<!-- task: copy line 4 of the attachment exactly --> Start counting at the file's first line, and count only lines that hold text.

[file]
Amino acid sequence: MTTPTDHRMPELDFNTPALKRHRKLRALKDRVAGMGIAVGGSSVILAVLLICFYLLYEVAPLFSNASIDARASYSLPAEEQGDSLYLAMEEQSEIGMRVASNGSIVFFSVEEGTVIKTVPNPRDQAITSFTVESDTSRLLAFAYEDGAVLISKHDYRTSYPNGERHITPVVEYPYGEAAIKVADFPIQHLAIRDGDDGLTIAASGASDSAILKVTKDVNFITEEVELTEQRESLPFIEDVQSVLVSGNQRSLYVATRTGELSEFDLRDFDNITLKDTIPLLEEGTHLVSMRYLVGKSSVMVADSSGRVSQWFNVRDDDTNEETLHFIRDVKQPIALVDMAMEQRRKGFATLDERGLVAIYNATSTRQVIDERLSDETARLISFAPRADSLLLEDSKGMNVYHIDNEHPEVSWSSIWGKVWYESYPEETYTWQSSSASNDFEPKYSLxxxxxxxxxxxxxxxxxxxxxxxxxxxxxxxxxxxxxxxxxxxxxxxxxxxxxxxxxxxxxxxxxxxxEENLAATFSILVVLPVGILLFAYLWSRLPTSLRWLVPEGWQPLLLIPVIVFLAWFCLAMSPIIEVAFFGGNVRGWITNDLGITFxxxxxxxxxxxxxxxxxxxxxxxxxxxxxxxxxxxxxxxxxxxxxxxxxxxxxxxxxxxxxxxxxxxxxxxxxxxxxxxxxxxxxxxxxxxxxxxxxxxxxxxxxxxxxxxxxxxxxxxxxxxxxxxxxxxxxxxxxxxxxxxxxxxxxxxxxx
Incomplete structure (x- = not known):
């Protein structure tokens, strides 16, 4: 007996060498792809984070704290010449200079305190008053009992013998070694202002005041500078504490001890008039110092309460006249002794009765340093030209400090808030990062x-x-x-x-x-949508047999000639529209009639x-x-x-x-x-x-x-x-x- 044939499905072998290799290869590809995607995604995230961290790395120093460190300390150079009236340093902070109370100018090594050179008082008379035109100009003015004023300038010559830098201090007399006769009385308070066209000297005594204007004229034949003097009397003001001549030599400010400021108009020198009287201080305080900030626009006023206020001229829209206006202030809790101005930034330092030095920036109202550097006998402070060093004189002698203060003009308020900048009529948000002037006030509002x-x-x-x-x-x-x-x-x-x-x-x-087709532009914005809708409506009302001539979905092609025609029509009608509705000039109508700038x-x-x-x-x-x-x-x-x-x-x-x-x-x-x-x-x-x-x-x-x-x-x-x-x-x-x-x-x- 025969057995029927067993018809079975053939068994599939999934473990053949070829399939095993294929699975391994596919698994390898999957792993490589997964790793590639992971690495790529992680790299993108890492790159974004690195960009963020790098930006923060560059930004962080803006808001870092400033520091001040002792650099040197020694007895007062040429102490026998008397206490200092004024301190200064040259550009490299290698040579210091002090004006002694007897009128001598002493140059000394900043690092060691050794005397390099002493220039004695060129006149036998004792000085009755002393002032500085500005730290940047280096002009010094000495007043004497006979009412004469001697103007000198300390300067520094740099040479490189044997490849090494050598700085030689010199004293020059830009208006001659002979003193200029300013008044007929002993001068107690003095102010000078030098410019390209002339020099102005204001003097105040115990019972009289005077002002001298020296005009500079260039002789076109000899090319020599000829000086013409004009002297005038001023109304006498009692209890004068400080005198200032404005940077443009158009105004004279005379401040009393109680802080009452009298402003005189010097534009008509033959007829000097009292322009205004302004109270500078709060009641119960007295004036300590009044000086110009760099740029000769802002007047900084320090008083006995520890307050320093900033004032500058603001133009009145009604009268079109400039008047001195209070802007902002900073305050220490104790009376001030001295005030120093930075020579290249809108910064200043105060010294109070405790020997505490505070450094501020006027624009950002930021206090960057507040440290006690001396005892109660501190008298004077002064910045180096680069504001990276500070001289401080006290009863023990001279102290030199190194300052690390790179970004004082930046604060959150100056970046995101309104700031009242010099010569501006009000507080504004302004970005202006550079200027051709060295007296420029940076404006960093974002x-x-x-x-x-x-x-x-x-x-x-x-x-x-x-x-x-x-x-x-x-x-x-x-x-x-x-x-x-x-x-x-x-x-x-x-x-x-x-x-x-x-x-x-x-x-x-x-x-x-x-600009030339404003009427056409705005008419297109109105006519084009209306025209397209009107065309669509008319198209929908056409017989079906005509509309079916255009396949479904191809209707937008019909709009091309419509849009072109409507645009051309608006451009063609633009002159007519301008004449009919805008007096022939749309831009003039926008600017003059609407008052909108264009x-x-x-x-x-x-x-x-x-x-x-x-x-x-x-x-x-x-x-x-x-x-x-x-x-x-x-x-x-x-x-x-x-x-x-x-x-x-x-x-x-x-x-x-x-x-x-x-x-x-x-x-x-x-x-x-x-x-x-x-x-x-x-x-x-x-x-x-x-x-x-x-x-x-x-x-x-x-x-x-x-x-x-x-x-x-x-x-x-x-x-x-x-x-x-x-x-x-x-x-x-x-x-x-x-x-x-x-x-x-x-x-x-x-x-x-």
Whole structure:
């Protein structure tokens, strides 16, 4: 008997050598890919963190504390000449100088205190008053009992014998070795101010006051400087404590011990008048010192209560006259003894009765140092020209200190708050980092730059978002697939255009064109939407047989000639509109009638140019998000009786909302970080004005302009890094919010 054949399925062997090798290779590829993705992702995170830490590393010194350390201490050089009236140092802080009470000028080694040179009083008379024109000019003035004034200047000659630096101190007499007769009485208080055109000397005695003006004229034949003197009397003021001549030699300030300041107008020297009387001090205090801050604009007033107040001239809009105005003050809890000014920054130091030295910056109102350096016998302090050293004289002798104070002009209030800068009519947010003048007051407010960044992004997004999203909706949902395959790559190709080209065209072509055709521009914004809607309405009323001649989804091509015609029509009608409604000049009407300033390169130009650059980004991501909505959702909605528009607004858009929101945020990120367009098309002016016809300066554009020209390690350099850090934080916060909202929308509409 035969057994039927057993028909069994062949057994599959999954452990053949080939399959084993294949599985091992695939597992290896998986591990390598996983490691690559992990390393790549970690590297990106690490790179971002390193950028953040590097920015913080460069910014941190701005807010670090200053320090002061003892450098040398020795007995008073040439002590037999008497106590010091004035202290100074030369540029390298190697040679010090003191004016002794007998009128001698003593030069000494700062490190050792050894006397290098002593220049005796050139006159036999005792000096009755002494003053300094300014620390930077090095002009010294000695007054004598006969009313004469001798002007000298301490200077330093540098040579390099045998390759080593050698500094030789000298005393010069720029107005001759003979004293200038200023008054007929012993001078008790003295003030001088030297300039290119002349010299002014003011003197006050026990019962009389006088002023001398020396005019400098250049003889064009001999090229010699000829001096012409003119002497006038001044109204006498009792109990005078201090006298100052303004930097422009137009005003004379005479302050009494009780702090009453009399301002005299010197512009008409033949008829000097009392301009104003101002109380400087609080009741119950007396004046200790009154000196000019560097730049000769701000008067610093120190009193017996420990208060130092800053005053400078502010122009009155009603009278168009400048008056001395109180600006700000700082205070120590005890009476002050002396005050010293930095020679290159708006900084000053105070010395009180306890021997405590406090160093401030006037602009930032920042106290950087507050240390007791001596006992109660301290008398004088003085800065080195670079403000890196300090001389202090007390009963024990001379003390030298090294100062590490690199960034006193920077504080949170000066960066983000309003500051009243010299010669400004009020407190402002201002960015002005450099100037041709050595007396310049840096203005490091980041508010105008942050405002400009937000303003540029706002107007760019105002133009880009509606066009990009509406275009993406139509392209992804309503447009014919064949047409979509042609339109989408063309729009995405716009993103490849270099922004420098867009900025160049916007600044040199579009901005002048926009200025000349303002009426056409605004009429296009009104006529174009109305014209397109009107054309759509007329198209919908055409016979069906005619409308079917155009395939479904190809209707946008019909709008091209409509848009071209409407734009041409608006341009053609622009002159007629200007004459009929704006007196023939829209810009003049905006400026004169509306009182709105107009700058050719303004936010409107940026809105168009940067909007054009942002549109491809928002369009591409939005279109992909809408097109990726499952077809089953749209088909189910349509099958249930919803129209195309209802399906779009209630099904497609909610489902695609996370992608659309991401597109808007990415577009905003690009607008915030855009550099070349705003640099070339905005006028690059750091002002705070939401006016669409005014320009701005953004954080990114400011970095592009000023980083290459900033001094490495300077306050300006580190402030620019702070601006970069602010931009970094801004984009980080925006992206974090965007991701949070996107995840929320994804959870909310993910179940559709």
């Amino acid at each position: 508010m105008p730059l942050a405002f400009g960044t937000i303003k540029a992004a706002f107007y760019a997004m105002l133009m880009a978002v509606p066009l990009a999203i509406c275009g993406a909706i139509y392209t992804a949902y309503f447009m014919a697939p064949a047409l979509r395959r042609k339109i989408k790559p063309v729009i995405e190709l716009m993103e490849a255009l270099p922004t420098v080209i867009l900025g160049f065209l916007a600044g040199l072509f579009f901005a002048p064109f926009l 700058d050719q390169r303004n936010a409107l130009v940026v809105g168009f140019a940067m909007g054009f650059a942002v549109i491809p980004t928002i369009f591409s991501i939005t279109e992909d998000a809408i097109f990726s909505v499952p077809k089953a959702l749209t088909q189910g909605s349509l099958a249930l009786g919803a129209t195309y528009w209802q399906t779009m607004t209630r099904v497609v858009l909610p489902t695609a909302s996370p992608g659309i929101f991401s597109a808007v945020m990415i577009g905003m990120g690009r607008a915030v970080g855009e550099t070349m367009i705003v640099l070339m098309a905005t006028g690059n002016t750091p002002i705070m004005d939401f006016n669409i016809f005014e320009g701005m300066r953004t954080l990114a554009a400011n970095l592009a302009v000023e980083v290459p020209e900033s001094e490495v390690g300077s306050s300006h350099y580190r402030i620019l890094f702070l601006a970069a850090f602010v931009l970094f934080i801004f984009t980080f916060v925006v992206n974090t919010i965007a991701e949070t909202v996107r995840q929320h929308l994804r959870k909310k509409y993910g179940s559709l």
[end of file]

Whole structure: